Re: [TLS] Consensus call on Implicit IV for AEAD

Brian Smith <brian@briansmith.org> Fri, 17 April 2015 21:30 UTC

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Date: Fri, 17 Apr 2015 11:30:31 -1000
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From: Brian Smith <brian@briansmith.org>
To: Michael Hamburg <mike@shiftleft.org>
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Subject: Re: [TLS] Consensus call on Implicit IV for AEAD
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Michael Hamburg <mike@shiftleft.org> wrote:
>> Ilari Liusvaara <ilari.liusvaara@elisanet.fi> wrote:
>> [2] Substantial weakening happens far before collisions become
>> likely. So much less than AGL's "2^60" mentioned in the meeting.
>
> Really?  Can you provide a citation?  Because if I’m reading it correctly, this is a claim that AES-128 is not a secure PRP, with significantly less than 2^60 known/chosen plaintexts, keys and compute time.

It is a claim that AES-128-*GCM* *may* (emphasis on *GCM* and *may*)
not be a perfectly secure PRP, and/or that the key agreement scheme to
be used in TLS 1.3 *may* not not be perfect. I think those are
reasonable things to doubt, absent a proof to the contrary.

>> [4] Secret meaning those are derived from the main key block.
>
> … and this is a claim that adding an extra key, which is in the nonce instead of an actual key to the cipher, makes it more secure.
>
> All this said, I agree that it’s wise to reduce the amount of cribtext you give an attacker, so long as it doesn’t cost too much complexity.  If we are really providing a fatal amount of cribtext, then we need to fix that, but then again, we should probably toss the cipher out at that point.

The argument I was making is that (a) it seems unreasonable to assume
AES-128-GCM is perfect and that they key agreement scheme is perfect,
and (b) the cost of randomizing the starting point of the nonce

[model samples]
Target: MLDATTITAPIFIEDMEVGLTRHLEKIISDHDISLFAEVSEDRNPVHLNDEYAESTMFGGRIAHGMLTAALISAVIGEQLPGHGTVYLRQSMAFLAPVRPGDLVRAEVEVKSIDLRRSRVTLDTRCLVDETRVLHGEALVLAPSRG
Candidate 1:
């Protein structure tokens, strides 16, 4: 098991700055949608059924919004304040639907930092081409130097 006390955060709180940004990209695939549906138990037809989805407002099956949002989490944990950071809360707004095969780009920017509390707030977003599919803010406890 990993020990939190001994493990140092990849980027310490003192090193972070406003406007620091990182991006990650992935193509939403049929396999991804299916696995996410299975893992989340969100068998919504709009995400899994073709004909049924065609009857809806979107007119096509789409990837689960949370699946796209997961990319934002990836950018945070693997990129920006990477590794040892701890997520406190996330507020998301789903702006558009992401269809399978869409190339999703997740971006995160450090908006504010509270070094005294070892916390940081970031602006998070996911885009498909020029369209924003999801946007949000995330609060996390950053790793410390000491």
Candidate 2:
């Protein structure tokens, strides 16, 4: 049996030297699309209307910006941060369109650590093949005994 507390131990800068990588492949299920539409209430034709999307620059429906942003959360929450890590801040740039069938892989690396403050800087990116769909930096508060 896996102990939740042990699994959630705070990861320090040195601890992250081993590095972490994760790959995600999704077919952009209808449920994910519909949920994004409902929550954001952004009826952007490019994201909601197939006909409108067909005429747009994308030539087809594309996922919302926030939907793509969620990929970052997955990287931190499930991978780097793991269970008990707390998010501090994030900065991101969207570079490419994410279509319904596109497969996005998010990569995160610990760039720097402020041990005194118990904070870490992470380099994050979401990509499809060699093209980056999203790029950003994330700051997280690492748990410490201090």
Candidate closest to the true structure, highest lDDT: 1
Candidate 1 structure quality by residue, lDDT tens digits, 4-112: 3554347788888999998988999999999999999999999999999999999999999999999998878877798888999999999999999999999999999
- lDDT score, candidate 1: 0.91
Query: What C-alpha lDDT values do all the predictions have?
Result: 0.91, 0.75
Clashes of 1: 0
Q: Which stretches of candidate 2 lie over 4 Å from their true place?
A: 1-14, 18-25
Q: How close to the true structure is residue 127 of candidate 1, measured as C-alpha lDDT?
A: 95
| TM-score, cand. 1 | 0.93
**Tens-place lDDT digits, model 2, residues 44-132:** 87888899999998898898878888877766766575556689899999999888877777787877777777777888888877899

counter is so low that it is worthwhile to do it just in case.

I recently read the FIPS 140-2 implementer's guidance at [1]. I think
it is worthwhile for people discussing this to read what it has to say
about AES-GCM nonce handling, which starts on page 138. It recommends
an even more stringent handling of nonces for AES-GCM, summarizing the
approach proposed for TLS 1.3 as follows:

    It may be tempting to avoid meeting the IV generation
    requirements stated in this IG if it could be guaranteed
    that any key was used only once thus avoiding the (key, IV)
    collisions regardless of the method used to generate the
    IVs. The problem with this approach is that within the
    scope of the CMVP validation neither the module itself
    nor its Security Policy can enforce the single-use-key
    condition. The risk of introducing the identical (key, IV)
    pairs outweighs the possible benefits of relaxing the IV
    generation rules."

Where the "IV generation rules" are paraphrasing, "do it the way TLS
1.2 does, or else ensure every peer uses a unique identifier as a
prefix on nonces it uses for encryption."

No matter what we do, we should address this concern in the security
considerations of the TLS 1.3 spec by stating the assumptions we are
making and guarantees we are providing regarding (key, IV) uniqueness.

Cheers,
Brian

[1] http://csrc.nist.gov/groups/STM/cmvp/documents/fips140-2/FIPS1402IG.pdf